Frequently asked questions
Numnuts is entirely unique. Nothing else exists that can provide targeted pain relief to lambs during tail docking and castration. Here are some of the questions we’ve been asked during the past 8 years.
Numnuts devices and spare parts can be bought directly from our online store.
NumOcaine is an S4 drug and must be bought from a registered vet. Please speak to your usual vet to arrange your NumOcaine supply, or get in touch with us for advice.
We hope to make the Numnuts system available in the UK and NZ in 2020. We are actively seeking UK Vet practices who wish to partner.
Marking lambs usually involves both tail docking and castration. Numnuts has been especially developed for the combined procedure of docking the tail of male and female lambs as well as castrating male lambs with rubber ring.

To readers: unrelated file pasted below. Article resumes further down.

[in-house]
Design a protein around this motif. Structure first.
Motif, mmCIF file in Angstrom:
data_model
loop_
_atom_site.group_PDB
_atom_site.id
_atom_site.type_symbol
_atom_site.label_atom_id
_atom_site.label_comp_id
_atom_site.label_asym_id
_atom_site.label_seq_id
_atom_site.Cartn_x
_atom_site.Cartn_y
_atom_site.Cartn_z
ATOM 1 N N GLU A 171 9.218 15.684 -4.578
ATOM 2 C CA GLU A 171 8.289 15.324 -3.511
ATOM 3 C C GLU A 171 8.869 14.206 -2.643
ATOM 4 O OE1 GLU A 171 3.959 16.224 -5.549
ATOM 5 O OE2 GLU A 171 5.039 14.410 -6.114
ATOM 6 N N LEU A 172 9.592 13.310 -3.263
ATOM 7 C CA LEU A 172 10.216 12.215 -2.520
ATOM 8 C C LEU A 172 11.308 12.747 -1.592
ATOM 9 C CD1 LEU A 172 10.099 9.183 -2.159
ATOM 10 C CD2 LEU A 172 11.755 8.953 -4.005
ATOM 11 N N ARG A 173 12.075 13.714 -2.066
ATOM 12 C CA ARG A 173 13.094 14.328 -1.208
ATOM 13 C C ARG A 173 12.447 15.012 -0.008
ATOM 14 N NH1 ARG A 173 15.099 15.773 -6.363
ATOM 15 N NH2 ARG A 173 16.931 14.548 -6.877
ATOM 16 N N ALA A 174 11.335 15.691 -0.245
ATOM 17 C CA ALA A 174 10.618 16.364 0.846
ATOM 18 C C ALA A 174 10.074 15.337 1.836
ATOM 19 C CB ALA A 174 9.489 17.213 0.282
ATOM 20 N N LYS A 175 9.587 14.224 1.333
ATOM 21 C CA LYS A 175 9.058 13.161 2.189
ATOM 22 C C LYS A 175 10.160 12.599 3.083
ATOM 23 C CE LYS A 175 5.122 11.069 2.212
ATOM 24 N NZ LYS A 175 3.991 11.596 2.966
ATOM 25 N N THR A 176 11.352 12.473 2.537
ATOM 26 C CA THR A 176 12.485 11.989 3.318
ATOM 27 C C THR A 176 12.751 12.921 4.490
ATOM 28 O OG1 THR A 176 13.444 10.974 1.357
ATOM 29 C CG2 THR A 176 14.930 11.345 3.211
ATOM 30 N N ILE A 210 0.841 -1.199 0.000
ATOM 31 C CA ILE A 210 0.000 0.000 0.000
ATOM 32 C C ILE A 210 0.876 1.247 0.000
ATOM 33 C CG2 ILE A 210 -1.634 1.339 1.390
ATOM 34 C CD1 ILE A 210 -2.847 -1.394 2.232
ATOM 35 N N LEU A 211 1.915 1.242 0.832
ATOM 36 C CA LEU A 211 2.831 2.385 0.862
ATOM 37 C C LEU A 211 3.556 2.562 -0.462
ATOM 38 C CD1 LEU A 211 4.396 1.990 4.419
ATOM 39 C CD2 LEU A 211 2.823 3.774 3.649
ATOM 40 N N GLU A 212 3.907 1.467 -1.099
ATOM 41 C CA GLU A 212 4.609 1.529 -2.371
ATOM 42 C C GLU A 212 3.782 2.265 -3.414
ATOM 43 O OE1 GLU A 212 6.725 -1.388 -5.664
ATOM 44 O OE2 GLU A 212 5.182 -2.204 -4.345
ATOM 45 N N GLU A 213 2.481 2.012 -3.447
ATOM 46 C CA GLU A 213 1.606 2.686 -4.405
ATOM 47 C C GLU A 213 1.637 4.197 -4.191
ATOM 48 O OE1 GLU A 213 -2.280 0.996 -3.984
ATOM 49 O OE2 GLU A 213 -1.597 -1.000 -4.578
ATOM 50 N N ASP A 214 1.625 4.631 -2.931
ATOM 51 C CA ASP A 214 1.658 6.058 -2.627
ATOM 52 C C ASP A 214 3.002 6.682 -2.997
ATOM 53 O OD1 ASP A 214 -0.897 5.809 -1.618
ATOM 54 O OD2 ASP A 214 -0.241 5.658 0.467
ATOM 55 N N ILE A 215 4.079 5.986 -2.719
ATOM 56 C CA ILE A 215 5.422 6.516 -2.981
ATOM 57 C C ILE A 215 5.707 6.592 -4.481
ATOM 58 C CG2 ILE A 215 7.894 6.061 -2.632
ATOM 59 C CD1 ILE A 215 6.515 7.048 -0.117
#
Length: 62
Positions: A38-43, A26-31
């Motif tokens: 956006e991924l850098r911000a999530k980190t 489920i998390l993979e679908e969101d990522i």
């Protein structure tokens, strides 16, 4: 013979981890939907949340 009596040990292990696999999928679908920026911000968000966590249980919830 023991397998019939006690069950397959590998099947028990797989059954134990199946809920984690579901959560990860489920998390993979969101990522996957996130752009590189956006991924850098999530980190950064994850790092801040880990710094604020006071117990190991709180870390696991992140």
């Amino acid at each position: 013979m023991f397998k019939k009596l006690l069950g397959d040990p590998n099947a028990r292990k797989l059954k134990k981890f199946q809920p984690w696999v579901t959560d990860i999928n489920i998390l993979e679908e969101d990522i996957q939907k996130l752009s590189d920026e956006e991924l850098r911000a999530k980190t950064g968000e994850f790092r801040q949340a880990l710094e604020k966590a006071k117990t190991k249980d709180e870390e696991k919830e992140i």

Numnuts is available on a ‘cost per procedure basis’ and is competitively priced against current pain relief products.
If you are based in Australia, you can find our how much it will cost you by trying our cost estimator tool: https://numnuts.store/estimate-landing-page/
The ring applicator tool will last for many seasons.
The local anaesthetic comes in an injector cartridge, called a Quick Change Cartridge (QCC), that locks on top of the ring applicator tool, and is replaced every 65 shots. This procedure ensures there is a sterile bottle of pain relief drug ready to use in each new cartridge.